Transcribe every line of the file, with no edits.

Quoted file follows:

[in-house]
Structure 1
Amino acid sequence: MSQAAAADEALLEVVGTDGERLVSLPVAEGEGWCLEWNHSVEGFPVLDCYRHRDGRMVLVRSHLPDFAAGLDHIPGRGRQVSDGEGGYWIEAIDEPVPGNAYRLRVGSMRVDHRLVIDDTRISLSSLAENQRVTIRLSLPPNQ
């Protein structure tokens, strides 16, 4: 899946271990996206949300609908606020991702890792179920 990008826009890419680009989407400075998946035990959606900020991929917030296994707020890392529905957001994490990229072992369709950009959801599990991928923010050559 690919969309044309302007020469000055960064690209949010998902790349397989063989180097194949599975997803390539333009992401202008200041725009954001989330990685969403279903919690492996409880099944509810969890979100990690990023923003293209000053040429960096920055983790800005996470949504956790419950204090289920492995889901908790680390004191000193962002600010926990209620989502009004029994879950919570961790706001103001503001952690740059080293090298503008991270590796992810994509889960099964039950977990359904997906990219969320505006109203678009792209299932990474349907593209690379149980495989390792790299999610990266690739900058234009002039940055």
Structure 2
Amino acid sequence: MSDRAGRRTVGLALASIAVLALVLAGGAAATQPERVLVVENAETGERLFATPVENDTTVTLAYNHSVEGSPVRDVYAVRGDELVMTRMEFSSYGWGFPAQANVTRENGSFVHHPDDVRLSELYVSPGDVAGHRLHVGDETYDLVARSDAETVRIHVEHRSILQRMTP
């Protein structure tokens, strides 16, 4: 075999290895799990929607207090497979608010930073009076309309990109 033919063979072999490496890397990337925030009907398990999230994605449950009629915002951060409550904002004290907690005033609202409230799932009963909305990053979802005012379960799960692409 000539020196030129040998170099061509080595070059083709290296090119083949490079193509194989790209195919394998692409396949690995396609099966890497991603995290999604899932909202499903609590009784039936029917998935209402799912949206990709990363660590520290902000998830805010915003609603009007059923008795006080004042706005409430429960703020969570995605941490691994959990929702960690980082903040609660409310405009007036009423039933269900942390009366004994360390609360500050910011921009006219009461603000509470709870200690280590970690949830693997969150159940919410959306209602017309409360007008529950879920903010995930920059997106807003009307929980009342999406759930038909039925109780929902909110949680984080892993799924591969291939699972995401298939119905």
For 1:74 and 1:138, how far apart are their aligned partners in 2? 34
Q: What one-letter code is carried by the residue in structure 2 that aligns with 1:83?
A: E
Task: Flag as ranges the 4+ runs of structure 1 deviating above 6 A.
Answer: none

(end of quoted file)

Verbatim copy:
[in-house]
Structure 1
Amino acid sequence: MSQAAAADEALLEVVGTDGERLVSLPVAEGEGWCLEWNHSVEGFPVLDCYRHRDGRMVLVRSHLPDFAAGLDHIPGRGRQVSDGEGGYWIEAIDEPVPGNAYRLRVGSMRVDHRLVIDDTRISLSSLAENQRVTIRLSLPPNQ
């Protein structure tokens, strides 16, 4: 899946271990996206949300609908606020991702890792179920 990008826009890419680009989407400075998946035990959606900020991929917030296994707020890392529905957001994490990229072992369709950009959801599990991928923010050559 690919969309044309302007020469000055960064690209949010998902790349397989063989180097194949599975997803390539333009992401202008200041725009954001989330990685969403279903919690492996409880099944509810969890979100990690990023923003293209000053040429960096920055983790800005996470949504956790419950204090289920492995889901908790680390004191000193962002600010926990209620989502009004029994879950919570961790706001103001503001952690740059080293090298503008991270590796992810994509889960099964039950977990359904997906990219969320505006109203678009792209299932990474349907593209690379149980495989390792790299999610990266690739900058234009002039940055």
Structure 2
Amino acid sequence: MSDRAGRRTVGLALASIAVLALVLAGGAAATQPERVLVVENAETGERLFATPVENDTTVTLAYNHSVEGSPVRDVYAVRGDELVMTRMEFSSYGWGFPAQANVTRENGSFVHHPDDVRLSELYVSPGDVAGHRLHVGDETYDLVARSDAETVRIHVEHRSILQRMTP
């Protein structure tokens, strides 16, 4: 075999290895799990929607207090497979608010930073009076309309990109 033919063979072999490496890397990337925030009907398990999230994605449950009629915002951060409550904002004290907690005033609202409230799932009963909305990053979802005012379960799960692409 000539020196030129040998170099061509080595070059083709290296090119083949490079193509194989790209195919394998692409396949690995396609099966890497991603995290999604899932909202499903609590009784039936029917998935209402799912949206990709990363660590520290902000998830805010915003609603009007059923008795006080004042706005409430429960703020969570995605941490691994959990929702960690980082903040609660409310405009007036009423039933269900942390009366004994360390609360500050910011921009006219009461603000509470709870200690280590970690949830693997969150159940919410959306209602017309409360007008529950879920903010995930920059997106807003009307929980009342999406759930038909039925109780929902909110949680984080892993799924591969291939699972995401298939119905």
For 1:74 and 1:138, how far apart are their aligned partners in 2? 34
Q: What one-letter code is carried by the residue in structure 2 that aligns with 1:83?
A: E
Task: Flag as ranges the 4+ runs of structure 1 deviating above 6 A.
Answer: none